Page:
## Abstract

Estimation of frictional pressure loss along the wellbore annulus is the key to determining the wellbore equivalent circulating density. Flow loop experiments are commonly used at smaller scales of flow to measure this quantity. However, a complete set of scaling equations between the measured pressure drop gradient along the annulus of a flow loop device and the one occurring in the wellbore is not reported in the literature. This study applies dimensional analysis to make such a connection while accounting for drillpipe rotation and eccentricity, as well as solid cuttings load, in the annular flow of yield-power law drilling fluids. Simultaneous application of geometric, kinematic, dynamic, and rheological similarities allows for developing direct relations between the quantities that govern the laboratory and wellbore scales of flow. For this purpose, a set of dimensionless groups is identified and held equal between the two flow scales. Dimensional analysis shows that scaling the two-phase flow of drilling fluid and drill cuttings entails 10 dimensionless groups. The solution of the obtained scaling equations determines the required volumetric rates of fluid and solid particles, the inner pipe rotation speed, and the fluid rheology in the flow loop device to establish a complete similitude with the wellbore annular flow. The required similarity between the Reynolds numbers of solid particles or drill cuttings at the two scales of flow introduces a constraint on the rheology of the fluid to be used in the laboratory flow loop. This finding indicates that attaining a complete similitude requires the two fluids to be dissimilar. Once all scaling requirements of the considered similitude are applied, the pressure gradient along the wellbore annulus can be obtained directly in terms of the measured pressure drop in the laboratory flow loop.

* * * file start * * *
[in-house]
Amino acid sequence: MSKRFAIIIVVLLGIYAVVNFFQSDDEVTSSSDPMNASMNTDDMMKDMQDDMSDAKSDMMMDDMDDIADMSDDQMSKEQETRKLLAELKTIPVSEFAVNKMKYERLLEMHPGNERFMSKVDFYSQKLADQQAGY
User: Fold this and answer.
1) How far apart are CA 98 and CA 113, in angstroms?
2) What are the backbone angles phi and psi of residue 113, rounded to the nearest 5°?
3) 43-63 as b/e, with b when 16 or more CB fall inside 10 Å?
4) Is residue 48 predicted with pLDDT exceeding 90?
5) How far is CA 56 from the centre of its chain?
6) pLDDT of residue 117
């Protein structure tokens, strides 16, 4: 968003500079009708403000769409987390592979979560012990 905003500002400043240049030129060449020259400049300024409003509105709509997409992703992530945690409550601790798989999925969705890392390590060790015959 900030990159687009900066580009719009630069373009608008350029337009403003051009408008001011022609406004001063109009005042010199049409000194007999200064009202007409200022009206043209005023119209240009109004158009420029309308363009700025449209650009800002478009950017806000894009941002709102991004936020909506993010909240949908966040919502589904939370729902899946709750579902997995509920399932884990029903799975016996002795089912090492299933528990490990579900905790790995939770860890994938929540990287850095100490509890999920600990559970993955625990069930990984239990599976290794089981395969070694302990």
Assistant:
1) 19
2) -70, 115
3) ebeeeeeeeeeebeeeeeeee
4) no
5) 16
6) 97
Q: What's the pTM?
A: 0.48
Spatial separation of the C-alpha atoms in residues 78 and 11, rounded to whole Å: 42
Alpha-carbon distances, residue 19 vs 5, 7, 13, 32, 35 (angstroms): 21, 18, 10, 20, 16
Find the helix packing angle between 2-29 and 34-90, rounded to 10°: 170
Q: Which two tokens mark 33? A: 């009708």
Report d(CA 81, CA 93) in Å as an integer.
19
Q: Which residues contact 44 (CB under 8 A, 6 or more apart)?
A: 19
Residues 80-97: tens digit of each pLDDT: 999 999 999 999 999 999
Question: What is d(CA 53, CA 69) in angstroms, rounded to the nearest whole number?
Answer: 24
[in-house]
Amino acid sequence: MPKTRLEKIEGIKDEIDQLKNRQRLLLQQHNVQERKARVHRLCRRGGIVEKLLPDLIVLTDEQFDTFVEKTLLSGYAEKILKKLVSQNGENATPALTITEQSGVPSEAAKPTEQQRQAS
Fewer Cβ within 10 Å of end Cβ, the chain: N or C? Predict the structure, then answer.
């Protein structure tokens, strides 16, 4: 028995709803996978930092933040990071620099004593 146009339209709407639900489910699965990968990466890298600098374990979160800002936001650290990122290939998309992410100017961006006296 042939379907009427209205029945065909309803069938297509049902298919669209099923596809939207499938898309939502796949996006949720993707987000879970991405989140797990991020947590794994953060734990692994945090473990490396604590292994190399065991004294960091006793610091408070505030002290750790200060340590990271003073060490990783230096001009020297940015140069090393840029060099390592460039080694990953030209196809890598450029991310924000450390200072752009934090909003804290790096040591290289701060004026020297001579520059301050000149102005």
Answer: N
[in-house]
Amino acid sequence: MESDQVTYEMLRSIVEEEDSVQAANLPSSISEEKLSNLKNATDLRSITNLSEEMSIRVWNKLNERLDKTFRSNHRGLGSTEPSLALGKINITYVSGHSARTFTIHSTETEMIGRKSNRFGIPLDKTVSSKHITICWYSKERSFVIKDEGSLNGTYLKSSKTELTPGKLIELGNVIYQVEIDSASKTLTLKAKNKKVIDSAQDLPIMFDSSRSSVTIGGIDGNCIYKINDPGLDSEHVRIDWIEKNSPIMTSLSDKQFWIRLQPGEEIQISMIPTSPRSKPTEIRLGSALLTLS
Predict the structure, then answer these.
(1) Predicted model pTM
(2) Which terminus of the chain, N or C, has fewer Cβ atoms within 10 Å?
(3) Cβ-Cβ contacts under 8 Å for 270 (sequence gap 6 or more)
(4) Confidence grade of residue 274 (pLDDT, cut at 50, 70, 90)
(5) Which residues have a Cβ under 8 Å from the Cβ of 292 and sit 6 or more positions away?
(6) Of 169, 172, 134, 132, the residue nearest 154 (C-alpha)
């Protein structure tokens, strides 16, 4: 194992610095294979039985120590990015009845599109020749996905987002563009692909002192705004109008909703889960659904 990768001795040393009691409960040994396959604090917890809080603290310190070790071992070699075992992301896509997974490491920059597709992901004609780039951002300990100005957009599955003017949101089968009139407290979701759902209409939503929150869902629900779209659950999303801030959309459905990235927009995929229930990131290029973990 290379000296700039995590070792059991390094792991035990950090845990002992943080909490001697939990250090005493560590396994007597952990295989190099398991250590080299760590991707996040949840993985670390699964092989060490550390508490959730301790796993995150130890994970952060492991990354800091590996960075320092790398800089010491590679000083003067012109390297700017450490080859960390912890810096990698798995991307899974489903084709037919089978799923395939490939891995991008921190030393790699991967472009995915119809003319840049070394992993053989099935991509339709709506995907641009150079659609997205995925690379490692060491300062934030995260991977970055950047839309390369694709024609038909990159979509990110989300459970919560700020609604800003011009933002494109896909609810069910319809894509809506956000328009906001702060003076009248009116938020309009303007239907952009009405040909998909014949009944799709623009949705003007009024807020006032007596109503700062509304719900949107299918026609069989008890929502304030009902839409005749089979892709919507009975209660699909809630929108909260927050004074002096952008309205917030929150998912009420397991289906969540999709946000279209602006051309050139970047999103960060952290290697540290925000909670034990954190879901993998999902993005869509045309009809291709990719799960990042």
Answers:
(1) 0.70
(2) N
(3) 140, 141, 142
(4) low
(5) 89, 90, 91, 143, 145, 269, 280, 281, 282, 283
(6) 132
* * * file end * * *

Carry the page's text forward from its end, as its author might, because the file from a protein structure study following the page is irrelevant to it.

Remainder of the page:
Original language | English (US) |
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Pages (from-to) | 106-117 |

Number of pages | 12 |

Journal | SPE Journal |

Volume | 29 |

Issue number | 1 |

DOIs | |

State | Published - Jan 2024 |

## All Science Journal Classification (ASJC) codes

- Energy Engineering and Power Technology
- Geotechnical Engineering and Engineering Geology